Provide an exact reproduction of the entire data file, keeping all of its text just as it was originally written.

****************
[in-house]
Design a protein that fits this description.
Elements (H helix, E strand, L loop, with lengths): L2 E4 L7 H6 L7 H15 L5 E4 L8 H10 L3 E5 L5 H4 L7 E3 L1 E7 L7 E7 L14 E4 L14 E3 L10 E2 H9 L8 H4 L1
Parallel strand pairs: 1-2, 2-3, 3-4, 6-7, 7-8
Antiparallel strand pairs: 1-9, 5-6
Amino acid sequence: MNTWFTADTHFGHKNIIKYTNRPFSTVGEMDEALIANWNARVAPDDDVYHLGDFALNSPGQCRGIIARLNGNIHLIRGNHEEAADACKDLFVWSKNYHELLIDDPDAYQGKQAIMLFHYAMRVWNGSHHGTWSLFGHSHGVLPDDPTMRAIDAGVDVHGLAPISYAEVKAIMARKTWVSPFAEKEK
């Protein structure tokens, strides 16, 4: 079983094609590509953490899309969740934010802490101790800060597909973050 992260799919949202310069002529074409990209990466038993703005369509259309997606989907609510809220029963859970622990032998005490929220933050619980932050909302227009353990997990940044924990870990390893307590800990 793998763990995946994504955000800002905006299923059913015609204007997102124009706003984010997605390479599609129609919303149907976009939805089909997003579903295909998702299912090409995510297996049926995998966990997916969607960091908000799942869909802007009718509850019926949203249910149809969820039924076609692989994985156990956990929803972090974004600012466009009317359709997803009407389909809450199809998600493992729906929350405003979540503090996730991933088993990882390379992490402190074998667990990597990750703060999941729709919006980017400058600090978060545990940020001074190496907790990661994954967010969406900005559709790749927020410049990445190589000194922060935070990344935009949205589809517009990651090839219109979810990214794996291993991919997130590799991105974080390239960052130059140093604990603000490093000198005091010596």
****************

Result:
[in-house]
Design a protein that fits this description.
Elements (H helix, E strand, L loop, with lengths): L2 E4 L7 H6 L7 H15 L5 E4 L8 H10 L3 E5 L5 H4 L7 E3 L1 E7 L7 E7 L14 E4 L14 E3 L10 E2 H9 L8 H4 L1
Parallel strand pairs: 1-2, 2-3, 3-4, 6-7, 7-8
Antiparallel strand pairs: 1-9, 5-6
Amino acid sequence: MNTWFTADTHFGHKNIIKYTNRPFSTVGEMDEALIANWNARVAPDDDVYHLGDFALNSPGQCRGIIARLNGNIHLIRGNHEEAADACKDLFVWSKNYHELLIDDPDAYQGKQAIMLFHYAMRVWNGSHHGTWSLFGHSHGVLPDDPTMRAIDAGVDVHGLAPISYAEVKAIMARKTWVSPFAEKEK
């Protein structure tokens, strides 16, 4: 079983094609590509953490899309969740934010802490101790800060597909973050 992260799919949202310069002529074409990209990466038993703005369509259309997606989907609510809220029963859970622990032998005490929220933050619980932050909302227009353990997990940044924990870990390893307590800990 793998763990995946994504955000800002905006299923059913015609204007997102124009706003984010997605390479599609129609919303149907976009939805089909997003579903295909998702299912090409995510297996049926995998966990997916969607960091908000799942869909802007009718509850019926949203249910149809969820039924076609692989994985156990956990929803972090974004600012466009009317359709997803009407389909809450199809998600493992729906929350405003979540503090996730991933088993990882390379992490402190074998667990990597990750703060999941729709919006980017400058600090978060545990940020001074190496907790990661994954967010969406900005559709790749927020410049990445190589000194922060935070990344935009949205589809517009990651090839219109979810990214794996291993991919997130590799991105974080390239960052130059140093604990603000490093000198005091010596």